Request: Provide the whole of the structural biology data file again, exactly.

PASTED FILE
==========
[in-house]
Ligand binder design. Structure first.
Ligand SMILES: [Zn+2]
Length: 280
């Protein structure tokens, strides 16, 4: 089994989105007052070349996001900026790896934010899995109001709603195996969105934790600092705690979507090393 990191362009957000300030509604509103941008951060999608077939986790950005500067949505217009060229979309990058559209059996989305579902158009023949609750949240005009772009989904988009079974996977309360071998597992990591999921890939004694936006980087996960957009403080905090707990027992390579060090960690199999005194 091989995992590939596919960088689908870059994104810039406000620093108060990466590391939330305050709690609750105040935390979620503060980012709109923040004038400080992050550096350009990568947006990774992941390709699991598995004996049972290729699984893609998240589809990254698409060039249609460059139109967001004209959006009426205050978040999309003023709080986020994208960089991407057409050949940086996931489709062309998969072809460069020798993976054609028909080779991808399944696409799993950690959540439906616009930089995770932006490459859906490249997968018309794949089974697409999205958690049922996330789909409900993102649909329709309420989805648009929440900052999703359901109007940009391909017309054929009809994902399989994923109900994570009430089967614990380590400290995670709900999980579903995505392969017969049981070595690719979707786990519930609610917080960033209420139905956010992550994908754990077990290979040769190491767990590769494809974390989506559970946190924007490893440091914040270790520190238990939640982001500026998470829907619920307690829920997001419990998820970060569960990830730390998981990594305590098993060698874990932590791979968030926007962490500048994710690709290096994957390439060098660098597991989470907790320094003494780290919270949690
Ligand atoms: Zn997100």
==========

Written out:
[in-house]
Ligand binder design. Structure first.
Ligand SMILES: [Zn+2]
Length: 280
């Protein structure tokens, strides 16, 4: 089994989105007052070349996001900026790896934010899995109001709603195996969105934790600092705690979507090393 990191362009957000300030509604509103941008951060999608077939986790950005500067949505217009060229979309990058559209059996989305579902158009023949609750949240005009772009989904988009079974996977309360071998597992990591999921890939004694936006980087996960957009403080905090707990027992390579060090960690199999005194 091989995992590939596919960088689908870059994104810039406000620093108060990466590391939330305050709690609750105040935390979620503060980012709109923040004038400080992050550096350009990568947006990774992941390709699991598995004996049972290729699984893609998240589809990254698409060039249609460059139109967001004209959006009426205050978040999309003023709080986020994208960089991407057409050949940086996931489709062309998969072809460069020798993976054609028909080779991808399944696409799993950690959540439906616009930089995770932006490459859906490249997968018309794949089974697409999205958690049922996330789909409900993102649909329709309420989805648009929440900052999703359901109007940009391909017309054929009809994902399989994923109900994570009430089967614990380590400290995670709900999980579903995505392969017969049981070595690719979707786990519930609610917080960033209420139905956010992550994908754990077990290979040769190491767990590769494809974390989506559970946190924007490893440091914040270790520190238990939640982001500026998470829907619920307690829920997001419990998820970060569960990830730390998981990594305590098993060698874990932590791979968030926007962490500048994710690709290096994957390439060098660098597991989470907790320094003494780290919270949690
Ligand atoms: Zn997100």